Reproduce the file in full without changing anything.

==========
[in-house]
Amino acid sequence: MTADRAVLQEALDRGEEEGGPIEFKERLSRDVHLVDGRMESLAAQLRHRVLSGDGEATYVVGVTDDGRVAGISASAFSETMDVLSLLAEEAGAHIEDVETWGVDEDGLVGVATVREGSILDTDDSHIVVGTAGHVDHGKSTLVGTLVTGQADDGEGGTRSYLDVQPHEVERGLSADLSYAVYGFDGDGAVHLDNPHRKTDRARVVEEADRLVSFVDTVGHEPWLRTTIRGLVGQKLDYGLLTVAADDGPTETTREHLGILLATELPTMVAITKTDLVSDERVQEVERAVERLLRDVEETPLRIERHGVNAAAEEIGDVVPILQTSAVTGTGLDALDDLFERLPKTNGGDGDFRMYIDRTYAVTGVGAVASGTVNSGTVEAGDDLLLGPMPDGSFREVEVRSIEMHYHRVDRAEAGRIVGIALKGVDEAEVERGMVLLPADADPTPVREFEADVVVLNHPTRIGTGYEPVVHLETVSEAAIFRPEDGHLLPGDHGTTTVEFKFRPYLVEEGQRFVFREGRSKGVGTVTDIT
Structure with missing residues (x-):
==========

[in-house]
Amino acid sequence: MTADRAVLQEALDRGEEEGGPIEFKERLSRDVHLVDGRMESLAAQLRHRVLSGDGEATYVVGVTDDGRVAGISASAFSETMDVLSLLAEEAGAHIEDVETWGVDEDGLVGVATVREGSILDTDDSHIVVGTAGHVDHGKSTLVGTLVTGQADDGEGGTRSYLDVQPHEVERGLSADLSYAVYGFDGDGAVHLDNPHRKTDRARVVEEADRLVSFVDTVGHEPWLRTTIRGLVGQKLDYGLLTVAADDGPTETTREHLGILLATELPTMVAITKTDLVSDERVQEVERAVERLLRDVEETPLRIERHGVNAAAEEIGDVVPILQTSAVTGTGLDALDDLFERLPKTNGGDGDFRMYIDRTYAVTGVGAVASGTVNSGTVEAGDDLLLGPMPDGSFREVEVRSIEMHYHRVDRAEAGRIVGIALKGVDEAEVERGMVLLPADADPTPVREFEADVVVLNHPTRIGTGYEPVVHLETVSEAAIFRPEDGHLLPGDHGTTTVEFKFRPYLVEEGQRFVFREGRSKGVGTVTDIT
Structure with missing residues (x-):